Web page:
Trees line the edge of the river, a mix of deciduous and evergreen and I know every time I will see herons and egrets roosting in one of the large conifer trees. As many as four herons and double figures of egrets have been seen in these trees, all hanging out together. It always makes me smile.
A little bridge spans the river and at a certain time of day I know I will always find an egret fishing underneath it, stirring up the mud with one foot and then spearing anything tasty that appears as a result.
These things I am now so familiar with and even spend time showing other people out walking, many who seem to be totally oblivious to the wildlife around them. I can’t tell you how many times I have been standing taking a photograph of the roosting herons only for someone to stop and say ‘what are you taking a picture of then, anything interesting?’ Hmm, I reply, just the three herons and four egrets up in that tree.
So these things I know I will see but so many times this one location will throw up a surprising first and it’s totally addictive. All the locations I mention here have that air of familiarity but also carry an element of surprise.
The beach always harbours a great selection of birds that changes through the seasons and I am only just beginning to learn what I will see there at certain times of the year.
It is never short of activity, with egrets and heron's feeding in the rock pools at low tide. Always plenty of gulls and crows and I can never get bored of watching and photographing them. I have taken sequence shots of both opening shellfish by repeatedly flying up high and dropping them onto the rocks below until the tasty meal inside is revealed. Fascinating to watch, challenging to capture. The seasons bring in different birds that over winter here such as turnstones and sanderlings, that then disappear again in the summer. It’s a constant rotation of visitors and a constant joy.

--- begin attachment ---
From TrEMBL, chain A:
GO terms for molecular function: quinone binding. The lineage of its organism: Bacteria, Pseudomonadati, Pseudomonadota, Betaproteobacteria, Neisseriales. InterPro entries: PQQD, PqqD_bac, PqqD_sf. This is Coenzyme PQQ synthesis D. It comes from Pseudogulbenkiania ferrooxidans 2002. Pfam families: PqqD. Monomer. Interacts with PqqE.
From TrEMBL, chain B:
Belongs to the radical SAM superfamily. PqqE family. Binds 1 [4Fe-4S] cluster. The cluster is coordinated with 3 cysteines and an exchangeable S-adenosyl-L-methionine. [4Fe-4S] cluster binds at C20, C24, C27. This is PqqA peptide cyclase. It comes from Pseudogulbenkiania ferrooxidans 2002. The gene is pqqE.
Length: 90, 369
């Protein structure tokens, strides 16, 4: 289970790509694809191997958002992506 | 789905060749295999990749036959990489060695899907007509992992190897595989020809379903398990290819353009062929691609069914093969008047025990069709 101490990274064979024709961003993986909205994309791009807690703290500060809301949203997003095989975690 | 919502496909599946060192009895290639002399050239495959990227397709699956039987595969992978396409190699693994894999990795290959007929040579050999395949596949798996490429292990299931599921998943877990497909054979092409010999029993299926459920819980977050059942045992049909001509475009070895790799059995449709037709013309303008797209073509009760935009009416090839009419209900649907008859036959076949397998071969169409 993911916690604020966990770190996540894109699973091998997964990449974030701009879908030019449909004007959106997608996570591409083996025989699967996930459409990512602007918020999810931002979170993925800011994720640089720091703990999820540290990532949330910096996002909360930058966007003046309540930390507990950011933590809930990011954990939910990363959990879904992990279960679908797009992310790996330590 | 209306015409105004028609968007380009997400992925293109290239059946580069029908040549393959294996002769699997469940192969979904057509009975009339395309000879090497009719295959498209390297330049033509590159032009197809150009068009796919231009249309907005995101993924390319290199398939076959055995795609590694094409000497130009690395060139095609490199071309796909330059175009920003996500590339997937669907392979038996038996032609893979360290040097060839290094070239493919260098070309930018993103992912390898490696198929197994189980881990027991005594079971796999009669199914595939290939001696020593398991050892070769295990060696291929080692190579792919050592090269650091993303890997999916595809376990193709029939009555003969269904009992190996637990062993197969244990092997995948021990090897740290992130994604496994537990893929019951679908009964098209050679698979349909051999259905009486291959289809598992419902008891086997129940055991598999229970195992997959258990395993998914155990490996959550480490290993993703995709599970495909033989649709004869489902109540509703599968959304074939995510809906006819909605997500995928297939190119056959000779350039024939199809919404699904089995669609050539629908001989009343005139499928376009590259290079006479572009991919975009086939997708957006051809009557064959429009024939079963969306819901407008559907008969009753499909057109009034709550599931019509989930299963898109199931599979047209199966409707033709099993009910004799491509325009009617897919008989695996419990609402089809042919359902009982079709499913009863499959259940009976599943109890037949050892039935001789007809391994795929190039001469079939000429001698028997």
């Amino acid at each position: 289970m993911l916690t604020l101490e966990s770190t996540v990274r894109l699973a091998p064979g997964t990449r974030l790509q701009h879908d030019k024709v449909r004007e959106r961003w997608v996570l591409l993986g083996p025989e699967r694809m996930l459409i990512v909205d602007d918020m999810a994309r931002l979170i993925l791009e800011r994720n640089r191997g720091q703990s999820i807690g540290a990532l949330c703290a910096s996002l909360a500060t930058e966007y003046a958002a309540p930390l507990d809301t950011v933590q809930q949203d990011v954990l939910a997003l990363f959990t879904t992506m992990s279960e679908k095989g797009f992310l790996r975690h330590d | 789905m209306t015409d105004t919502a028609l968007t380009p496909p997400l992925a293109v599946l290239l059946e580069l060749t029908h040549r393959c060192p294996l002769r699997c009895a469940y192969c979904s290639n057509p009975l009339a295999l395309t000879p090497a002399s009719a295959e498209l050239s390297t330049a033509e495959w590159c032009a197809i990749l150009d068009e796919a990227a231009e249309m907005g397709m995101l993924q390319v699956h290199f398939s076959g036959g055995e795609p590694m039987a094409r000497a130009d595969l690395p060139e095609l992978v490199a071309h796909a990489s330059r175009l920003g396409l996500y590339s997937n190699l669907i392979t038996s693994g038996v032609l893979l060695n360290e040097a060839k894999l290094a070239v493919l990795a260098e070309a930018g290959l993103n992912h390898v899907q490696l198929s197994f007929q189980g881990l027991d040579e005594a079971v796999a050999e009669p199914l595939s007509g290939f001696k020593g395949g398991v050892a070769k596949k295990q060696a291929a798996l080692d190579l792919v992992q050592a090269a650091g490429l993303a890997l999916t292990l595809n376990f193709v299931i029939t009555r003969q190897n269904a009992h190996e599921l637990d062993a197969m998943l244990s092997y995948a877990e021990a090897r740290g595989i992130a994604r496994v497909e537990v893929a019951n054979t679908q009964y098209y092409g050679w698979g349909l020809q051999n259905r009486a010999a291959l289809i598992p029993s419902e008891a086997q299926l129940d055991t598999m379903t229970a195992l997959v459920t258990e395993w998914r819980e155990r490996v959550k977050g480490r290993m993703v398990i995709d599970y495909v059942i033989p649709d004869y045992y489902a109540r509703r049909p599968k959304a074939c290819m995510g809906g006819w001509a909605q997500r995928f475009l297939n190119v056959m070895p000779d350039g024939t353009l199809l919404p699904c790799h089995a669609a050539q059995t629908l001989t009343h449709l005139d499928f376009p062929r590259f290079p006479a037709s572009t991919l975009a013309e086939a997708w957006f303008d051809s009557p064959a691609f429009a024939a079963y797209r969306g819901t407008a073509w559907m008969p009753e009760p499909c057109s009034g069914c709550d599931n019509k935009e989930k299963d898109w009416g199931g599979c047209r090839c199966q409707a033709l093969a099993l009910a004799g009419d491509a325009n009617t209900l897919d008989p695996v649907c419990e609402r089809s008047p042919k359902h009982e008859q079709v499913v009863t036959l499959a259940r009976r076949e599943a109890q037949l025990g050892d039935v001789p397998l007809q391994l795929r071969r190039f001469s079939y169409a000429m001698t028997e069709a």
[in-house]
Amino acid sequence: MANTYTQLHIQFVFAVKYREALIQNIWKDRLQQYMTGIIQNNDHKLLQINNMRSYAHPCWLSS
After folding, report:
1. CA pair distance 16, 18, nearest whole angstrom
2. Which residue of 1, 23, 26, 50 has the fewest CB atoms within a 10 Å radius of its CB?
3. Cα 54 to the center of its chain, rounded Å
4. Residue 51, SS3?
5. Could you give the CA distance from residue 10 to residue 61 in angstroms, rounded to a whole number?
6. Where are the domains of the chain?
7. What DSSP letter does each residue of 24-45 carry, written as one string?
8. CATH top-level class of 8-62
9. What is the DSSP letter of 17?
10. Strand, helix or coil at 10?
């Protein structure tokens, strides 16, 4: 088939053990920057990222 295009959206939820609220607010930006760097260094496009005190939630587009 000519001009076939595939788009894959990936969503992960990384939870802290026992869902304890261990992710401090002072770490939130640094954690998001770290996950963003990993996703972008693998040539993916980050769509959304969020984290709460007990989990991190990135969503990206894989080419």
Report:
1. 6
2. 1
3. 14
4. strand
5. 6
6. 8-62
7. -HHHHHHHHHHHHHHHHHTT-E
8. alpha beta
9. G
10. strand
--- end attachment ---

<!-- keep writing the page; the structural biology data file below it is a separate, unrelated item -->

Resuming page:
The South Downs
A ten minute cycle on my mountain bike takes me off road, through woodland and up on to the South Downs. The woodland trail takes in part of the Monarch’s Way, the famous escape route used by King Charles II after his defeat by Cromwell in the Civil Wars in 1651. It has a wonderful variety of birds and wildlife.
From there I can get right up onto the downs and the South Downs Way. It is genuinely beautiful downland countryside, graced by the presence of buzzards, red kites and kestrels, with the occasional hare trying to avoid their steely glare.
Bird’s of prey are my particular favourite and the South Downs never fails to deliver more than just a glimpse of these majestic birds.
Apart from being a stunning old market town with its mediaeval castle, Arundel is surrounded by beautiful countryside and sits on the banks of the river Arun that snakes its way through the county of West Sussex. With its wetland nature reserve and lake, early morning visits are becoming more frequent for me and this was where I finally got my first kingfisher shot. I also had an amazing ten minutes watching a heron catch and devour a trout, one of those unforgettable moments that I will document in a later blog. It’s a place bursting with wildlife and I am looking forward to seeing more of it as it changes through the seasons.
RSPB nature reserves (the not so familiar)
A relatively new discovery for me and along with my wife we have now joined as RSPB members. Our first visit was to Pagham Harbour Nature reserve no more than thirty minutes up the road, an internationally important wetland site for wildlife and one of the few undeveloped stretches of the Sussex coast. Stunning is the only word I can use, a place that instantly seduces you with its beauty, serenity and overwhelming abundance of wildlife. Nature in harmony. We have been a few times now but no amount of times will be enough.
There are inland reserves close by too, such as Pulborough Brooks, yet to be visited but eagerly awaited.
So there you have it, a small flavour of my bird world. A world I am so lucky to have on my doorstep. I will chat about all of these locations individually in future posts as each deserves much more page space than I can give them here.
Thanks for dropping in. If you want chat about your local spots, it would be great to hear from you. Just leave a comment.
IG - @a.bird.in.the.lens
E: [email protected]
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I live on the South Coast of England, close to the South Downs National Park and am totally obsessed with bird photography. I'm also passionate about bird conservation, addicted to good coffee and am very partial to a little nip of a smoky Islay whisky from time to time.